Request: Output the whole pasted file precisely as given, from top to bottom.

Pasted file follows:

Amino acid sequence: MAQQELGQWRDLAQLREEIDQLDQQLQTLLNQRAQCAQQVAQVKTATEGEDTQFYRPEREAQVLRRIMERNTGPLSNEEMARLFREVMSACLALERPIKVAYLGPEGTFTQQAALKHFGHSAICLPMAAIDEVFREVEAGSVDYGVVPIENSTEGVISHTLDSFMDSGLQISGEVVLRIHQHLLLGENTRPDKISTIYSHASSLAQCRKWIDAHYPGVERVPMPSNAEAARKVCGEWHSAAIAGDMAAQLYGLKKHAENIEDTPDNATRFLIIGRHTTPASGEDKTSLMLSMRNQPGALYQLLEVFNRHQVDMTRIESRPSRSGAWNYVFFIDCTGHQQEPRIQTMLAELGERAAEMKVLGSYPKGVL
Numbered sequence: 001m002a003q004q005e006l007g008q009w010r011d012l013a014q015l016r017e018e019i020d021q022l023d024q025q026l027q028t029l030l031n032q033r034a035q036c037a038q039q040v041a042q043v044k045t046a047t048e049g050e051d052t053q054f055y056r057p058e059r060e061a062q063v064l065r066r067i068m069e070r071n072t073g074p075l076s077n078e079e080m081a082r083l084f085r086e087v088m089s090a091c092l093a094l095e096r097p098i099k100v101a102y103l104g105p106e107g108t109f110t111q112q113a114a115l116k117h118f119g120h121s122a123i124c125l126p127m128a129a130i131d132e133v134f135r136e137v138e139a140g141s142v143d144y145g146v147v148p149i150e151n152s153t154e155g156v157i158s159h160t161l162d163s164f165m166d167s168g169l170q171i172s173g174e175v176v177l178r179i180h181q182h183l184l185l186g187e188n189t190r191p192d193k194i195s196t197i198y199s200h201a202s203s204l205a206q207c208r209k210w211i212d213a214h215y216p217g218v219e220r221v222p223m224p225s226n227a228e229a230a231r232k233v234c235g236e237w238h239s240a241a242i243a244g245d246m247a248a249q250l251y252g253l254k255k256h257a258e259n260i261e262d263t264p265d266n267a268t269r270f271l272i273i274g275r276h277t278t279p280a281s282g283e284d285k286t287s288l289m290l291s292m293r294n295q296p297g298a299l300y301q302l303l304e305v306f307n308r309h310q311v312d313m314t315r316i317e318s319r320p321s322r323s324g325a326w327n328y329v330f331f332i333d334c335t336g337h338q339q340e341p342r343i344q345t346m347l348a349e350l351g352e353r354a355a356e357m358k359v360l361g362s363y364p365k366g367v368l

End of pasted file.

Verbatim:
Amino acid sequence: MAQQELGQWRDLAQLREEIDQLDQQLQTLLNQRAQCAQQVAQVKTATEGEDTQFYRPEREAQVLRRIMERNTGPLSNEEMARLFREVMSACLALERPIKVAYLGPEGTFTQQAALKHFGHSAICLPMAAIDEVFREVEAGSVDYGVVPIENSTEGVISHTLDSFMDSGLQISGEVVLRIHQHLLLGENTRPDKISTIYSHASSLAQCRKWIDAHYPGVERVPMPSNAEAARKVCGEWHSAAIAGDMAAQLYGLKKHAENIEDTPDNATRFLIIGRHTTPASGEDKTSLMLSMRNQPGALYQLLEVFNRHQVDMTRIESRPSRSGAWNYVFFIDCTGHQQEPRIQTMLAELGERAAEMKVLGSYPKGVL
Numbered sequence: 001m002a003q004q005e006l007g008q009w010r011d012l013a014q015l016r017e018e019i020d021q022l023d024q025q026l027q028t029l030l031n032q033r034a035q036c037a038q039q040v041a042q043v044k045t046a047t048e049g050e051d052t053q054f055y056r057p058e059r060e061a062q063v064l065r066r067i068m069e070r071n072t073g074p075l076s077n078e079e080m081a082r083l084f085r086e087v088m089s090a091c092l093a094l095e096r097p098i099k100v101a102y103l104g105p106e107g108t109f110t111q112q113a114a115l116k117h118f119g120h121s122a123i124c125l126p127m128a129a130i131d132e133v134f135r136e137v138e139a140g141s142v143d144y145g146v147v148p149i150e151n152s153t154e155g156v157i158s159h160t161l162d163s164f165m166d167s168g169l170q171i172s173g174e175v176v177l178r179i180h181q182h183l184l185l186g187e188n189t190r191p192d193k194i195s196t197i198y199s200h201a202s203s204l205a206q207c208r209k210w211i212d213a214h215y216p217g218v219e220r221v222p223m224p225s226n227a228e229a230a231r232k233v234c235g236e237w238h239s240a241a242i243a244g245d246m247a248a249q250l251y252g253l254k255k256h257a258e259n260i261e262d263t264p265d266n267a268t269r270f271l272i273i274g275r276h277t278t279p280a281s282g283e284d285k286t287s288l289m290l291s292m293r294n295q296p297g298a299l300y301q302l303l304e305v306f307n308r309h310q311v312d313m314t315r316i317e318s319r320p321s322r323s324g325a326w327n328y329v330f331f332i333d334c335t336g337h338q339q340e341p342r343i344q345t346m347l348a349e350l351g352e353r354a355a356e357m358k359v360l361g362s363y364p365k366g367v368l